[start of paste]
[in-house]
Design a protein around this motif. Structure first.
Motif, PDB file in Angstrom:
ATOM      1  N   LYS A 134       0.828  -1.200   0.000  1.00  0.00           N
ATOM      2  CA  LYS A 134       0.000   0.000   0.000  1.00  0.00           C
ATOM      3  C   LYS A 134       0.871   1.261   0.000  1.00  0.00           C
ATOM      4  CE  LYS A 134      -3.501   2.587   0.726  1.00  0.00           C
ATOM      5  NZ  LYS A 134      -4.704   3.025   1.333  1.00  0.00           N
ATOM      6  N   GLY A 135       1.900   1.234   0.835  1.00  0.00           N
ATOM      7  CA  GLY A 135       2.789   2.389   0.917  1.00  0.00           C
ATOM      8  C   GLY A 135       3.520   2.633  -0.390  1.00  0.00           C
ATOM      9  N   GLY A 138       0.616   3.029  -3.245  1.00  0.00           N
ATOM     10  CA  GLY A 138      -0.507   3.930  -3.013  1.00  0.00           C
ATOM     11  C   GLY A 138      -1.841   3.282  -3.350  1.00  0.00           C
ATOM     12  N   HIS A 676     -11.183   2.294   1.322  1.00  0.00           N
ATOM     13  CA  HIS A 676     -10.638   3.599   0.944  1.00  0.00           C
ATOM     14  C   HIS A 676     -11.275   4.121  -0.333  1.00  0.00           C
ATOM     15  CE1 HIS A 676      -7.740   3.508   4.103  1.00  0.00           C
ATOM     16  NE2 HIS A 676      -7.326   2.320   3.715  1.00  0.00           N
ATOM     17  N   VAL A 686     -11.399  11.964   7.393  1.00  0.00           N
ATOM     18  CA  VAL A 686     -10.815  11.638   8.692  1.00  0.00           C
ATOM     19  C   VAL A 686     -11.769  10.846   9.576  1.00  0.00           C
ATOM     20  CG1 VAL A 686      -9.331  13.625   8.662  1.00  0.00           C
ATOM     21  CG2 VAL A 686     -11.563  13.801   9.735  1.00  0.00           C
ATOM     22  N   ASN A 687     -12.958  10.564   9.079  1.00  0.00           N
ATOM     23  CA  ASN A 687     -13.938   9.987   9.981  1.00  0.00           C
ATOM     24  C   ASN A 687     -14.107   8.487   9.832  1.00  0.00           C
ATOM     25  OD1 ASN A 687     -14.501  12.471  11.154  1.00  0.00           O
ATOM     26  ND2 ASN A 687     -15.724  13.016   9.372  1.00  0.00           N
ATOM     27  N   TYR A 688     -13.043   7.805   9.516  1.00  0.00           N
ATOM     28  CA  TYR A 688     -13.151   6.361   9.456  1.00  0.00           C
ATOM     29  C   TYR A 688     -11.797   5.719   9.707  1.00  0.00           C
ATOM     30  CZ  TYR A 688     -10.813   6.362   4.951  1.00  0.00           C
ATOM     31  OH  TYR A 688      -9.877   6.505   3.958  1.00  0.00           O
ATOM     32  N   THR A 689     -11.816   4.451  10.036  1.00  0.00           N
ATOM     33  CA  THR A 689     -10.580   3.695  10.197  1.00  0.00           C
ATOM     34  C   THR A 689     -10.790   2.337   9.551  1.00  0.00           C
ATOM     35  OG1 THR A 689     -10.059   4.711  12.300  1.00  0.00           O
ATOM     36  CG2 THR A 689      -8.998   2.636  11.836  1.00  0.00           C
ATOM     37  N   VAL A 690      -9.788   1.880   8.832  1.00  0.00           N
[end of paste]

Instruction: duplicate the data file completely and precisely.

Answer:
[in-house]
Design a protein around this motif. Structure first.
Motif, PDB file in Angstrom:
ATOM      1  N   LYS A 134       0.828  -1.200   0.000  1.00  0.00           N
ATOM      2  CA  LYS A 134       0.000   0.000   0.000  1.00  0.00           C
ATOM      3  C   LYS A 134       0.871   1.261   0.000  1.00  0.00           C
ATOM      4  CE  LYS A 134      -3.501   2.587   0.726  1.00  0.00           C
ATOM      5  NZ  LYS A 134      -4.704   3.025   1.333  1.00  0.00           N
ATOM      6  N   GLY A 135       1.900   1.234   0.835  1.00  0.00           N
ATOM      7  CA  GLY A 135       2.789   2.389   0.917  1.00  0.00           C
ATOM      8  C   GLY A 135       3.520   2.633  -0.390  1.00  0.00           C
ATOM      9  N   GLY A 138       0.616   3.029  -3.245  1.00  0.00           N
ATOM     10  CA  GLY A 138      -0.507   3.930  -3.013  1.00  0.00           C
ATOM     11  C   GLY A 138      -1.841   3.282  -3.350  1.00  0.00           C
ATOM     12  N   HIS A 676     -11.183   2.294   1.322  1.00  0.00           N
ATOM     13  CA  HIS A 676     -10.638   3.599   0.944  1.00  0.00           C
ATOM     14  C   HIS A 676     -11.275   4.121  -0.333  1.00  0.00           C
ATOM     15  CE1 HIS A 676      -7.740   3.508   4.103  1.00  0.00           C
ATOM     16  NE2 HIS A 676      -7.326   2.320   3.715  1.00  0.00           N
ATOM     17  N   VAL A 686     -11.399  11.964   7.393  1.00  0.00           N
ATOM     18  CA  VAL A 686     -10.815  11.638   8.692  1.00  0.00           C
ATOM     19  C   VAL A 686     -11.769  10.846   9.576  1.00  0.00           C
ATOM     20  CG1 VAL A 686      -9.331  13.625   8.662  1.00  0.00           C
ATOM     21  CG2 VAL A 686     -11.563  13.801   9.735  1.00  0.00           C
ATOM     22  N   ASN A 687     -12.958  10.564   9.079  1.00  0.00           N
ATOM     23  CA  ASN A 687     -13.938   9.987   9.981  1.00  0.00           C
ATOM     24  C   ASN A 687     -14.107   8.487   9.832  1.00  0.00           C
ATOM     25  OD1 ASN A 687     -14.501  12.471  11.154  1.00  0.00           O
ATOM     26  ND2 ASN A 687     -15.724  13.016   9.372  1.00  0.00           N
ATOM     27  N   TYR A 688     -13.043   7.805   9.516  1.00  0.00           N
ATOM     28  CA  TYR A 688     -13.151   6.361   9.456  1.00  0.00           C
ATOM     29  C   TYR A 688     -11.797   5.719   9.707  1.00  0.00           C
ATOM     30  CZ  TYR A 688     -10.813   6.362   4.951  1.00  0.00           C
ATOM     31  OH  TYR A 688      -9.877   6.505   3.958  1.00  0.00           O
ATOM     32  N   THR A 689     -11.816   4.451  10.036  1.00  0.00           N
ATOM     33  CA  THR A 689     -10.580   3.695  10.197  1.00  0.00           C
ATOM     34  C   THR A 689     -10.790   2.337   9.551  1.00  0.00           C
ATOM     35  OG1 THR A 689     -10.059   4.711  12.300  1.00  0.00           O
ATOM     36  CG2 THR A 689      -8.998   2.636  11.836  1.00  0.00           C
ATOM     37  N   VAL A 690      -9.788   1.880   8.832  1.00  0.00           N